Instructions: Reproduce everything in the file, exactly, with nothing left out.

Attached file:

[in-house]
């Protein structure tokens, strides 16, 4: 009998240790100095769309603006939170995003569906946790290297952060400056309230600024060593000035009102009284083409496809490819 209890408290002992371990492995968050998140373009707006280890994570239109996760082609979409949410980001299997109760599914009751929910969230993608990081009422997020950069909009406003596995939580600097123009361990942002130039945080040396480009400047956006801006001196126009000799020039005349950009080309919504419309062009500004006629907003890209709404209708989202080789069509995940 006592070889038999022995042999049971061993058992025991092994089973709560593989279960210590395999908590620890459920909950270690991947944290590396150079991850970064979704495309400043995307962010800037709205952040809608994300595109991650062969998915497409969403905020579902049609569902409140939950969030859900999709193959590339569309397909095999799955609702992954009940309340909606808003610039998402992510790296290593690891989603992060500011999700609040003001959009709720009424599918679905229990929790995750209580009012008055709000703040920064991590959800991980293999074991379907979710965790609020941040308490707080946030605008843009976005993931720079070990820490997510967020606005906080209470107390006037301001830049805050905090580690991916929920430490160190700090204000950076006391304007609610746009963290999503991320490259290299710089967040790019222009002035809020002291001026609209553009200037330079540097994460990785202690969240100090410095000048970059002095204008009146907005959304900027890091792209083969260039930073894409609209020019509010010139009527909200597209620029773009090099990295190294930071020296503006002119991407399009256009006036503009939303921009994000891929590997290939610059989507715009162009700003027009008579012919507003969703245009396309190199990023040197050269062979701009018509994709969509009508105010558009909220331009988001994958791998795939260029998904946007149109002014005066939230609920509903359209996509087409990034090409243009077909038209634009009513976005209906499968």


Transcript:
[in-house]
């Protein structure tokens, strides 16, 4: 009998240790100095769309603006939170995003569906946790290297952060400056309230600024060593000035009102009284083409496809490819 209890408290002992371990492995968050998140373009707006280890994570239109996760082609979409949410980001299997109760599914009751929910969230993608990081009422997020950069909009406003596995939580600097123009361990942002130039945080040396480009400047956006801006001196126009000799020039005349950009080309919504419309062009500004006629907003890209709404209708989202080789069509995940 006592070889038999022995042999049971061993058992025991092994089973709560593989279960210590395999908590620890459920909950270690991947944290590396150079991850970064979704495309400043995307962010800037709205952040809608994300595109991650062969998915497409969403905020579902049609569902409140939950969030859900999709193959590339569309397909095999799955609702992954009940309340909606808003610039998402992510790296290593690891989603992060500011999700609040003001959009709720009424599918679905229990929790995750209580009012008055709000703040920064991590959800991980293999074991379907979710965790609020941040308490707080946030605008843009976005993931720079070990820490997510967020606005906080209470107390006037301001830049805050905090580690991916929920430490160190700090204000950076006391304007609610746009963290999503991320490259290299710089967040790019222009002035809020002291001026609209553009200037330079540097994460990785202690969240100090410095000048970059002095204008009146907005959304900027890091792209083969260039930073894409609209020019509010010139009527909200597209620029773009090099990295190294930071020296503006002119991407399009256009006036503009939303921009994000891929590997290939610059989507715009162009700003027009008579012919507003969703245009396309190199990023040197050269062979701009018509994709969509009508105010558009909220331009988001994958791998795939260029998904946007149109002014005066939230609920509903359209996509087409990034090409243009077909038209634009009513976005209906499968």